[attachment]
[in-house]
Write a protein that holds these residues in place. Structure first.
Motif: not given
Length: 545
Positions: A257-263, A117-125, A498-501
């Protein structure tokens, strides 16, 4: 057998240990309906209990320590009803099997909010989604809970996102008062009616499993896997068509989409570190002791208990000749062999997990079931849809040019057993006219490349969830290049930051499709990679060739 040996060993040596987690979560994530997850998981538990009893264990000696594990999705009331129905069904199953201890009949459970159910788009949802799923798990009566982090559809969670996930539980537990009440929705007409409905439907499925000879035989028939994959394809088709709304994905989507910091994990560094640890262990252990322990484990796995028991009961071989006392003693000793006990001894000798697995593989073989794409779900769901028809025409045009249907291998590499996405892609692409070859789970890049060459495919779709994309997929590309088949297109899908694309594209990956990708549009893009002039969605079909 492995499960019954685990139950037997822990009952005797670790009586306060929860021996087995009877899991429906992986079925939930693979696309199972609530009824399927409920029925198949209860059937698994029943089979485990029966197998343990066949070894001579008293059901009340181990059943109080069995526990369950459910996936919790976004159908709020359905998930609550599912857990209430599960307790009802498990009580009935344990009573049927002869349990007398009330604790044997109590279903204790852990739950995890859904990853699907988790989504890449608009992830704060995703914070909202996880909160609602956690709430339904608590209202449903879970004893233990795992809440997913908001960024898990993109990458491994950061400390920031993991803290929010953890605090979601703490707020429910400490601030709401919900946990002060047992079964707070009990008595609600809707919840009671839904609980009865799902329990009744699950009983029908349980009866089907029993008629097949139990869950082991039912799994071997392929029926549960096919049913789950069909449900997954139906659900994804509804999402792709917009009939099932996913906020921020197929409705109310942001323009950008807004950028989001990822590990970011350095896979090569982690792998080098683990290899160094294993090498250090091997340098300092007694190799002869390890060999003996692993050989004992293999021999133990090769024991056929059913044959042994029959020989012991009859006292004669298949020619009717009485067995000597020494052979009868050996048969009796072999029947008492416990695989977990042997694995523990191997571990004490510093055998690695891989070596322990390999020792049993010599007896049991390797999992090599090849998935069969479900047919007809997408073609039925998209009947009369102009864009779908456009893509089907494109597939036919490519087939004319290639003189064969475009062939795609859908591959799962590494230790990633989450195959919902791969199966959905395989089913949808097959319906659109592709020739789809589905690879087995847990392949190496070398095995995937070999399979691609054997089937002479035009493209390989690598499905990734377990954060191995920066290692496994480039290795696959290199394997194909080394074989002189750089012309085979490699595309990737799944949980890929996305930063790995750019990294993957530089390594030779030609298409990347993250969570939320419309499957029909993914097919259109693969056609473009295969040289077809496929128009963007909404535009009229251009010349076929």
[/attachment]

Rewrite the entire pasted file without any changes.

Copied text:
[in-house]
Write a protein that holds these residues in place. Structure first.
Motif: not given
Length: 545
Positions: A257-263, A117-125, A498-501
């Protein structure tokens, strides 16, 4: 057998240990309906209990320590009803099997909010989604809970996102008062009616499993896997068509989409570190002791208990000749062999997990079931849809040019057993006219490349969830290049930051499709990679060739 040996060993040596987690979560994530997850998981538990009893264990000696594990999705009331129905069904199953201890009949459970159910788009949802799923798990009566982090559809969670996930539980537990009440929705007409409905439907499925000879035989028939994959394809088709709304994905989507910091994990560094640890262990252990322990484990796995028991009961071989006392003693000793006990001894000798697995593989073989794409779900769901028809025409045009249907291998590499996405892609692409070859789970890049060459495919779709994309997929590309088949297109899908694309594209990956990708549009893009002039969605079909 492995499960019954685990139950037997822990009952005797670790009586306060929860021996087995009877899991429906992986079925939930693979696309199972609530009824399927409920029925198949209860059937698994029943089979485990029966197998343990066949070894001579008293059901009340181990059943109080069995526990369950459910996936919790976004159908709020359905998930609550599912857990209430599960307790009802498990009580009935344990009573049927002869349990007398009330604790044997109590279903204790852990739950995890859904990853699907988790989504890449608009992830704060995703914070909202996880909160609602956690709430339904608590209202449903879970004893233990795992809440997913908001960024898990993109990458491994950061400390920031993991803290929010953890605090979601703490707020429910400490601030709401919900946990002060047992079964707070009990008595609600809707919840009671839904609980009865799902329990009744699950009983029908349980009866089907029993008629097949139990869950082991039912799994071997392929029926549960096919049913789950069909449900997954139906659900994804509804999402792709917009009939099932996913906020921020197929409705109310942001323009950008807004950028989001990822590990970011350095896979090569982690792998080098683990290899160094294993090498250090091997340098300092007694190799002869390890060999003996692993050989004992293999021999133990090769024991056929059913044959042994029959020989012991009859006292004669298949020619009717009485067995000597020494052979009868050996048969009796072999029947008492416990695989977990042997694995523990191997571990004490510093055998690695891989070596322990390999020792049993010599007896049991390797999992090599090849998935069969479900047919007809997408073609039925998209009947009369102009864009779908456009893509089907494109597939036919490519087939004319290639003189064969475009062939795609859908591959799962590494230790990633989450195959919902791969199966959905395989089913949808097959319906659109592709020739789809589905690879087995847990392949190496070398095995995937070999399979691609054997089937002479035009493209390989690598499905990734377990954060191995920066290692496994480039290795696959290199394997194909080394074989002189750089012309085979490699595309990737799944949980890929996305930063790995750019990294993957530089390594030779030609298409990347993250969570939320419309499957029909993914097919259109693969056609473009295969040289077809496929128009963007909404535009009229251009010349076929």